Social Media Images - Food Allergies & Chronic Illnesses Bundle | Healthinomics

Sharing posts about food allergies and chronic illnesses on social media is more than just an act of spreading awareness; it’s a powerful tool for fostering empathy, providing education, and promoting support. When we communicate openly about these issues, we not only educate others but also empower those living with such conditions by validating their experiences. Imagine the relief of someone discovering a shared story that mirrors their own struggles or the life-changing moment when they encounter a post that leads to a diagnosis after years of uncertainty. Ultimately, being vocal about these topics makes a resounding statement: no one should navigate their health journey in silence or solitude.

Inside The Bundle

BONUS 20 sample captions for you to share with your bundle!
BONUS Editable Canva Template!

The Food Allergies & Chronic Illnesses bundle includes 20 beautiful pieces of visual content:

Food Allergies Chronic Illnesses Bundle | By Healthinomics

Image Content

  1. Can food allergies cause chronic or persistent symptoms? Aside from sudden symptoms, yes. Food allergies can contribute to chronic conditions such as atopic dermatitis (eczema) and various gastrointestinal illnesses in infants, children, and adults.
  2. Can food allergies cause asthma? Generally not. But during a severe allergic reaction to food, asthma may flare. Triggers of asthma include respiratory infections, exercise, and allergens in the air, such as pollens, dust mites, and animal dander.
  3. How often does food allergy contribute to chronic asthma? Various studies show that foods contribute to asthma episodes in fewer than 1 in 25 asthmatic children and even less frequently among adults. Even so, isolated chronic asthma, without food allergy, skin reactions, or gut symptoms, is rare.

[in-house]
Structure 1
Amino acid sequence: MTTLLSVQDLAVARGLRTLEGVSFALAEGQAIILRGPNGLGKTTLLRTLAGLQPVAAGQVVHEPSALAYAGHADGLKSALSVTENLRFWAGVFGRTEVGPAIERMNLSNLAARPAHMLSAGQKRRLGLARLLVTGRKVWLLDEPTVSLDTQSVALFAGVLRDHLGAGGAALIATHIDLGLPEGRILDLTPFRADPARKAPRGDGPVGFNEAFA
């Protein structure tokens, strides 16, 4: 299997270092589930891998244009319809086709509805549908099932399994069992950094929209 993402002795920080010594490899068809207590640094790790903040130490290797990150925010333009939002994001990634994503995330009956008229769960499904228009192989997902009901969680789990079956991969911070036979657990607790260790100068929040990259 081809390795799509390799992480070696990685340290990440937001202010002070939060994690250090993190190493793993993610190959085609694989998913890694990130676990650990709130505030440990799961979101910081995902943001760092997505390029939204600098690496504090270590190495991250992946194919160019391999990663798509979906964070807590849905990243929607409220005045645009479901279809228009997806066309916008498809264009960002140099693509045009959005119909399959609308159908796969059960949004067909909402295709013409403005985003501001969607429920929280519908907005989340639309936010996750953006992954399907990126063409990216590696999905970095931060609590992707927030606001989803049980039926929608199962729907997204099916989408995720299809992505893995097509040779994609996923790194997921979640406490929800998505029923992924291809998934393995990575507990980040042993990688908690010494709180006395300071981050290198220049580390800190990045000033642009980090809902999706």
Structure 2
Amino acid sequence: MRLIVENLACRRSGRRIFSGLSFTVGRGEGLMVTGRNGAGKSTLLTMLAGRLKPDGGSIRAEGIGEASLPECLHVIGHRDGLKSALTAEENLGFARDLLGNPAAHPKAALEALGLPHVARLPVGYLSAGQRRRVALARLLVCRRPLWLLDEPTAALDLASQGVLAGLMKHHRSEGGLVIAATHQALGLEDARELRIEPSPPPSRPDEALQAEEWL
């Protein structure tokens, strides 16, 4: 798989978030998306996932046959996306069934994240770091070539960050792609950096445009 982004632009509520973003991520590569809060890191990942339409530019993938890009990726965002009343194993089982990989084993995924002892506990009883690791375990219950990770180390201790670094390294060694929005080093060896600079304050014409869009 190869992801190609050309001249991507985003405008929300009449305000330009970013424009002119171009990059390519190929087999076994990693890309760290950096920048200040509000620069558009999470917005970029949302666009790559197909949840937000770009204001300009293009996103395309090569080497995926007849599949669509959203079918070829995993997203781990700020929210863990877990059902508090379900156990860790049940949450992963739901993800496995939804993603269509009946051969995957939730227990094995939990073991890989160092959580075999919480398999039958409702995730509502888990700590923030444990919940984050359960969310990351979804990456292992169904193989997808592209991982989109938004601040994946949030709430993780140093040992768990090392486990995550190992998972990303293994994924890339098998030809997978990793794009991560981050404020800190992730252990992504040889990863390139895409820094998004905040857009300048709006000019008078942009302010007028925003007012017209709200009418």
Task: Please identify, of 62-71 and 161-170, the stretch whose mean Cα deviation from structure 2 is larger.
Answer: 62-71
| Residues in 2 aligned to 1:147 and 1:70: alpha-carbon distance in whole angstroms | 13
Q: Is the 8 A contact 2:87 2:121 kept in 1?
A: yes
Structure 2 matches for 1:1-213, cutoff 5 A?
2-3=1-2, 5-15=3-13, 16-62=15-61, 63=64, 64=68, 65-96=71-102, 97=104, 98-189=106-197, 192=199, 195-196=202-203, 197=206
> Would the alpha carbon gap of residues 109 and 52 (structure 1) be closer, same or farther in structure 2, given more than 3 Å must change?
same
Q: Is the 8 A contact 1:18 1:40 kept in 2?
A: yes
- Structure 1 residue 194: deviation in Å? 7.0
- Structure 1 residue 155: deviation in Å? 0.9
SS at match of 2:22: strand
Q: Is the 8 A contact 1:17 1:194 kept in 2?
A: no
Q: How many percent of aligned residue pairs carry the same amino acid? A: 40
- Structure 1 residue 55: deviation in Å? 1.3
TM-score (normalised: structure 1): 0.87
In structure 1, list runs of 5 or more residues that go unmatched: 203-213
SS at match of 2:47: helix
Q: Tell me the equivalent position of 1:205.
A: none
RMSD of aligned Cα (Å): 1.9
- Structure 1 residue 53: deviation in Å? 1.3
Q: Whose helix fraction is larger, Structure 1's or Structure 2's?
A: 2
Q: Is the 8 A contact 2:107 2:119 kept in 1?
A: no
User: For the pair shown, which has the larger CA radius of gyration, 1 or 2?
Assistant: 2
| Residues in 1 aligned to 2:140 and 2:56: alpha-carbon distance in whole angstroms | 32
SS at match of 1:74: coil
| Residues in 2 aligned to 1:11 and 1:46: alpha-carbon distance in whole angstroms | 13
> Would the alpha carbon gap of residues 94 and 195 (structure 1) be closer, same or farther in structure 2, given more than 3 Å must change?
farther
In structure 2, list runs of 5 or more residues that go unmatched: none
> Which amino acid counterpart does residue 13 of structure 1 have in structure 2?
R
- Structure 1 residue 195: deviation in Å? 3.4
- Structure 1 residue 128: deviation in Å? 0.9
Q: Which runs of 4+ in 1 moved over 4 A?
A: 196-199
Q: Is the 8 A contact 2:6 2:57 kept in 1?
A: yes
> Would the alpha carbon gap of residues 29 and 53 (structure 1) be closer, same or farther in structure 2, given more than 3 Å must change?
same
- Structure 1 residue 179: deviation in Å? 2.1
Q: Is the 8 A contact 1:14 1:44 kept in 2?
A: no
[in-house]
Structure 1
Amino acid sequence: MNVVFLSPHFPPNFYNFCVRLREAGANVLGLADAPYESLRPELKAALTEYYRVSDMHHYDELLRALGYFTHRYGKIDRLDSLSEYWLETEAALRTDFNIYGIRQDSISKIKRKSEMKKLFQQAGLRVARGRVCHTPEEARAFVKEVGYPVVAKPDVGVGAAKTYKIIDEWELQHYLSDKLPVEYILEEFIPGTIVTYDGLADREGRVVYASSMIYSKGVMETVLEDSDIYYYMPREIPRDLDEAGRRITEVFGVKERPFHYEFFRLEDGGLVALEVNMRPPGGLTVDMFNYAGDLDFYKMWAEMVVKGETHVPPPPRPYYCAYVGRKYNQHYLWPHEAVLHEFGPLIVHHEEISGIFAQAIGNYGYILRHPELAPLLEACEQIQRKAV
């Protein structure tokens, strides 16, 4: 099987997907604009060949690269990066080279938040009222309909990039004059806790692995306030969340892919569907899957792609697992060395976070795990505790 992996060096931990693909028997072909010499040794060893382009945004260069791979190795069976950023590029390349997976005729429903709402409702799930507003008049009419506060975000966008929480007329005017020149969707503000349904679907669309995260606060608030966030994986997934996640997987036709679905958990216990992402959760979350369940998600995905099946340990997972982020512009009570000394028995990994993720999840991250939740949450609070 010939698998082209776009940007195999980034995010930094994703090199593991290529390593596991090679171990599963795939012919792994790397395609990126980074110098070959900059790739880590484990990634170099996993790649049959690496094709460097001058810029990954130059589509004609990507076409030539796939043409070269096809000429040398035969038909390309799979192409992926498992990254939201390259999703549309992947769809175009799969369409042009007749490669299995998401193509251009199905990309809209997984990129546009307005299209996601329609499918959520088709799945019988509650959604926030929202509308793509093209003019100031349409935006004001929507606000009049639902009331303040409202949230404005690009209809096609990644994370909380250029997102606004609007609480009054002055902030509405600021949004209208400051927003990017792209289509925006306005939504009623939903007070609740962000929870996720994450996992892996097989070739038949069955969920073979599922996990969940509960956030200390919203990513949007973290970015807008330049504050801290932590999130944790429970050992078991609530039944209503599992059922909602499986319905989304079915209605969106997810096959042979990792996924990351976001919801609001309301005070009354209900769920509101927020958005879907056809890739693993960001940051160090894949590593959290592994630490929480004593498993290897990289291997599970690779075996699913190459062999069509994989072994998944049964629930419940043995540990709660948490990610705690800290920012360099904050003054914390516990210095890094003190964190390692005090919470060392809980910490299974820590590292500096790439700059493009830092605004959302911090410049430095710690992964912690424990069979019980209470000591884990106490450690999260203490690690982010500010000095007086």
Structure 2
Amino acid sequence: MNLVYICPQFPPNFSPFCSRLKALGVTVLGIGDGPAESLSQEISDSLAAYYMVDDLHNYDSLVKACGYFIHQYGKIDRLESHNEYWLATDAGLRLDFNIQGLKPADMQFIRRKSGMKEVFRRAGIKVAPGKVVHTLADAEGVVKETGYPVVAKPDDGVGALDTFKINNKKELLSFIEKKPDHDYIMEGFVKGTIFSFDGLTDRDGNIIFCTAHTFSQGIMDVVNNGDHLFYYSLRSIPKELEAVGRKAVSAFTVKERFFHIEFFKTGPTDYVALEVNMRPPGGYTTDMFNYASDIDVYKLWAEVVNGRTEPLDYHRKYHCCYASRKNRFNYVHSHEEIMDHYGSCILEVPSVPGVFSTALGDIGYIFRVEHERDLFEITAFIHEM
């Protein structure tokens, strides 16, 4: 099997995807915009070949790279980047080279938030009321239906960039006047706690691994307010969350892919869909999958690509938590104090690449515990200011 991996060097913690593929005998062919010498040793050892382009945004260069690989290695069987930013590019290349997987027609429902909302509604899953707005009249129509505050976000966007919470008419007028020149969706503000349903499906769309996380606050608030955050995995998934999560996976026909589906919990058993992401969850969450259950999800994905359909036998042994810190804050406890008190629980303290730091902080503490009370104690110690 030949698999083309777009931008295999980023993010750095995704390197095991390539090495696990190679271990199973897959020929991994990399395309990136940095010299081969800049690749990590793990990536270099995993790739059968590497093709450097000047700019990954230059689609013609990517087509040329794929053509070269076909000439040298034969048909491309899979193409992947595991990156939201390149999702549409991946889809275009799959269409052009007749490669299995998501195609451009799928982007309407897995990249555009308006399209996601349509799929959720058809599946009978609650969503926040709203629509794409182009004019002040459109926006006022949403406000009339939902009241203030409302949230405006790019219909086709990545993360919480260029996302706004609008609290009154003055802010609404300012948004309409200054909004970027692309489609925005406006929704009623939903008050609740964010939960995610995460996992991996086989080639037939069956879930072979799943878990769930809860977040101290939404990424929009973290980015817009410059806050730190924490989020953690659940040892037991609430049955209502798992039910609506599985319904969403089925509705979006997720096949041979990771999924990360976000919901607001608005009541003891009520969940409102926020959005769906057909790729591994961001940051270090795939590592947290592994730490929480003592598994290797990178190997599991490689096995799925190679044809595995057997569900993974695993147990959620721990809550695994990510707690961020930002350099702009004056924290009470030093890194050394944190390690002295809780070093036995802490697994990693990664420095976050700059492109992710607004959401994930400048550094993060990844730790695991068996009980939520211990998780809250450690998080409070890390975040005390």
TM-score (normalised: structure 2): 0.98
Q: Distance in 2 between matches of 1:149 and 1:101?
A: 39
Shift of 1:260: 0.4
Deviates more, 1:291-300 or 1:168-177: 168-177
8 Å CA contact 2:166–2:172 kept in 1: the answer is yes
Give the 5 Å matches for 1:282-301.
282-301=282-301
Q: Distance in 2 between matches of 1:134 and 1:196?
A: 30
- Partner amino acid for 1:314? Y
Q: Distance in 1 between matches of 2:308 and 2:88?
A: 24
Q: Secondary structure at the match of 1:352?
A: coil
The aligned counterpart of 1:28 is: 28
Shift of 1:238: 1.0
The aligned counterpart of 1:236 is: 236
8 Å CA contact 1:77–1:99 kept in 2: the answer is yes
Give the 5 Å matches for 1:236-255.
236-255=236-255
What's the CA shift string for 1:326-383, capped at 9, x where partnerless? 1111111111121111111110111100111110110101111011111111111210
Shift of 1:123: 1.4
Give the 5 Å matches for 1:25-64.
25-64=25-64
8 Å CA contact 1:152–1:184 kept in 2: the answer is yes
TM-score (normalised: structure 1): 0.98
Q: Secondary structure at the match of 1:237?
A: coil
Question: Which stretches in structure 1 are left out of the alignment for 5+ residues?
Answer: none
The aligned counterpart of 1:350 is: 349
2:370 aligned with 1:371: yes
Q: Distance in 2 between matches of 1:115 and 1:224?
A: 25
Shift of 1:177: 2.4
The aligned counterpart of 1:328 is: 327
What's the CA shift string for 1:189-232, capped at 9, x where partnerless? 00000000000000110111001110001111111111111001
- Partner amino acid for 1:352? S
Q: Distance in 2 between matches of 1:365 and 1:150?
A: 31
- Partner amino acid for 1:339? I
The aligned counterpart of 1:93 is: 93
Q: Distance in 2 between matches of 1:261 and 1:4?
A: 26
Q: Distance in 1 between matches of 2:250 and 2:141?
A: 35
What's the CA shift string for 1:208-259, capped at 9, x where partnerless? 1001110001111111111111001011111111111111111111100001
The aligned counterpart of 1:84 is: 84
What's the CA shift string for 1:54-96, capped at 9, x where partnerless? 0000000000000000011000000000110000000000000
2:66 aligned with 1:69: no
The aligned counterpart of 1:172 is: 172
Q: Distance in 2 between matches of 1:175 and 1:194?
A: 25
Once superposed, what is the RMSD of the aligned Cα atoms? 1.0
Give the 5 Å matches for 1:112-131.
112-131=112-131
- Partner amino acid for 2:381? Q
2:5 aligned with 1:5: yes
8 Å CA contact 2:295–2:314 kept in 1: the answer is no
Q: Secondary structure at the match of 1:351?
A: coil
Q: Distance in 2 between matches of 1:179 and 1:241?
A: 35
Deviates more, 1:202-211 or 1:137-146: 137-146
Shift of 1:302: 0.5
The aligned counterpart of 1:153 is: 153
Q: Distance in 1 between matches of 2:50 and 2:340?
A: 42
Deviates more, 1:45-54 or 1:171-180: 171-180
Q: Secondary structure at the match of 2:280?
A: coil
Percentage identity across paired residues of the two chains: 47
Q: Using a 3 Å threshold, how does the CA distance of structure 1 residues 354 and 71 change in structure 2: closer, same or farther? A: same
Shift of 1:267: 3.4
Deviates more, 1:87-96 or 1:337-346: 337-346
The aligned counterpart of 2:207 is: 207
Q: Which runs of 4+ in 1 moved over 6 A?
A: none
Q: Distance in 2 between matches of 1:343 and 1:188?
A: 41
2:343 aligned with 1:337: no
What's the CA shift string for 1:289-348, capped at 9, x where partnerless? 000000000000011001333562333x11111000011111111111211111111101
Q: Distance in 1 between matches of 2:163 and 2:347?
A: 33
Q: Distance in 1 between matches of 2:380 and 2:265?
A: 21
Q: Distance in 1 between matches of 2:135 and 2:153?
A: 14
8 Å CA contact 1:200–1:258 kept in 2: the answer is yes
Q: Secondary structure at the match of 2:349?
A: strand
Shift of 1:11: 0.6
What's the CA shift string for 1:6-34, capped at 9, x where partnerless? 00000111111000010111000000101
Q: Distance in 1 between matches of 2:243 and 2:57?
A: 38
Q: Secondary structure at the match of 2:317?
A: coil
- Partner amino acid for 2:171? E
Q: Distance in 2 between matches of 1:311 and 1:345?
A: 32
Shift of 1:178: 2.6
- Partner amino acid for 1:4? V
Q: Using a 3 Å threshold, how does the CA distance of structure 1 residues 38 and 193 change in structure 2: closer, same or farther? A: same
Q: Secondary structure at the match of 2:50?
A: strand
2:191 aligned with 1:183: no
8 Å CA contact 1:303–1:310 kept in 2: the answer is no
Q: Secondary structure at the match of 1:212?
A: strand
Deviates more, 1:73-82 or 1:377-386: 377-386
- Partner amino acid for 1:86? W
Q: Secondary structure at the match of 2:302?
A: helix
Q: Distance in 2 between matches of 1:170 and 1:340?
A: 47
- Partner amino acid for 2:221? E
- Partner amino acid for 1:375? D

4. Can food allergies cause hay fever? Generally not. Nasal symptoms – itching, sneezing, runny nose, and congestion – are common during a food allergy reaction, but chronic hay fever is typically attributable to allergens in the air, such as pollen.
  5. Can food allergies cause chronic hives? Usually not. A few studies suggest that the chemical nature of food additives may contribute to chronic hives in fewer than 5% of cases. As a chemical effect, this is not an allergy. True food allergies are rarely related to chronic hives.
  6. Can food allergies cause eczema? There is some controversy here. About one in three children with more than mild atopic dermatitis (eczema) have food allergies, including anaphylaxis. Some children do have food-related flaring of their atopic dermatitis.
  7. How is food allergy related to eczema / atopic dermatitis? Some studies show that removal of a particular food allergen can help relieve symptoms and that the symptoms increase when the food is returned to the diet (unless the allergies are outgrown).
  8. Which foods may contribute to eczema / atopic dermatitis? The most likely triggers for children are eggs, milk, wheat, and soy. When the cause is identified, and removed there may be improved control of the rash.
  9. What stomach, digestive, or intestinal symptoms are triggered by foods? Foods can cause these symptoms due to an allergy: pain, heartburn (acid reflux), nausea, vomiting, diarrhea, and poor nutrient absorption. These can lead to weight loss, poor weight gain or growth failure. Most gut problems, however, are not due to a food allergy.